Paruku is the region in Australia’s Western Desert that surrounds the inland body of water known to settlers as Lake Gregory. Named after the English-born explorer Sir August Gregory, this terminal desert lake has long been a resource for the Walmajarri-speaking Aboriginal people. The ancient shoreline of Lake Gregory contains what may be the oldest sites of continuous human cultural production in the world, with artifacts excavated there estimated to be as old as 50,000 years.
The local Aboriginal people—approximately 150 men and women who are referred to as the “Traditional Owners” of Paruku—live in the nearby settlement of Mulan. The unique cultural and environmental values of Paruku led the Australian government to declare it an Indigenous Protected Area, or IPA, in 2001.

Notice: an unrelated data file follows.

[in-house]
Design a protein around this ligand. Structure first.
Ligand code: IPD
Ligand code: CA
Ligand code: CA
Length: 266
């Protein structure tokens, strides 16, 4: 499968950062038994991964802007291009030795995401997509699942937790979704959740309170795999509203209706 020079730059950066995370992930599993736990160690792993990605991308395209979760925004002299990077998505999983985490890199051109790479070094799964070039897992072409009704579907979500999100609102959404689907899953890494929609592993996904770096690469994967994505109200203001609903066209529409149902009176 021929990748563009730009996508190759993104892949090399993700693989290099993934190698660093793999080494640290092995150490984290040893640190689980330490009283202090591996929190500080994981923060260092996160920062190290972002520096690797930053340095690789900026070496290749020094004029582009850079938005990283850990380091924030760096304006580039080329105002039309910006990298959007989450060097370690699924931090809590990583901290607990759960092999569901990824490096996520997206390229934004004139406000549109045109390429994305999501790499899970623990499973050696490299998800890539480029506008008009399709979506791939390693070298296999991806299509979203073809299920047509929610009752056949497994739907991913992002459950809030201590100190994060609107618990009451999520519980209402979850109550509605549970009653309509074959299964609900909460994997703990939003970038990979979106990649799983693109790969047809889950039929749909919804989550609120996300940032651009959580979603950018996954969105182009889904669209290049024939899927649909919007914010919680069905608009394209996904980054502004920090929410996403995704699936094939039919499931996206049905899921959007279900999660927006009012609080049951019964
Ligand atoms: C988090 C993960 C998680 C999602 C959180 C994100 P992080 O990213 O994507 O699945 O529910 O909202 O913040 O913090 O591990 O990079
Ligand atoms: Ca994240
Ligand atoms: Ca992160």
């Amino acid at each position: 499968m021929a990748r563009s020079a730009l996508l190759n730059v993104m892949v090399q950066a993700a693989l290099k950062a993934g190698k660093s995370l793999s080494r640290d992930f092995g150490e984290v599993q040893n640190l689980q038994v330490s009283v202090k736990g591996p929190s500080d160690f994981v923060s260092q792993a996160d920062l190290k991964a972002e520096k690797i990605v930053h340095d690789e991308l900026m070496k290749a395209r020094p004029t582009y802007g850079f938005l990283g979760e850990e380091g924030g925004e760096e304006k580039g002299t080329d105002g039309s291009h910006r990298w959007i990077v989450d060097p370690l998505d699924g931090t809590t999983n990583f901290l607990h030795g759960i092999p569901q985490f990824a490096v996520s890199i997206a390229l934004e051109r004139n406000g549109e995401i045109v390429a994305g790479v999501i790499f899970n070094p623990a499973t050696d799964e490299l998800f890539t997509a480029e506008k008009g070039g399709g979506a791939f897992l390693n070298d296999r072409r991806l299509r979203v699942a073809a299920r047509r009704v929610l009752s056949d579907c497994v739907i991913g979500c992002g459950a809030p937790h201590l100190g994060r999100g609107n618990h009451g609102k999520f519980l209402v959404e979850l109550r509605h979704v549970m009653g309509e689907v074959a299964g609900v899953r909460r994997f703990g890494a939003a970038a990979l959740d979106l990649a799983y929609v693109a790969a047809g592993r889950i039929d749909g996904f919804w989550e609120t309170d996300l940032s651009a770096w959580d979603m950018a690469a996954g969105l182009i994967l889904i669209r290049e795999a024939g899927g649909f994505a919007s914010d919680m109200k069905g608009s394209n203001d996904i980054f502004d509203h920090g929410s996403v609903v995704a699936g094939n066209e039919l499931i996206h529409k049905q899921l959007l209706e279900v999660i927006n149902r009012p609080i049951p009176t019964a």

The Paruku Project was a two-year effort consisting of teams of scientists, artists, and writers working in this Aboriginal desert community, one of the poorest and most remote in Australia. The first task of the teams was to assess current conditions. They found an environment severely stressed by invasive species and a culture slowly losing its identity. The second task was to design and implement cross-cultural and transformational responses to these conditions, many of which involved artmaking.
Australian artist Mandy Martin and conservationist Guy Fitzhardinge, along with writer and artist Kim Mahood, worked with Walmajari people to revitalize the art center in Mulan, which in turn helped attract attention and funding from policy makers to address challenges facing the region.
The John Ben Snow Memorial Trust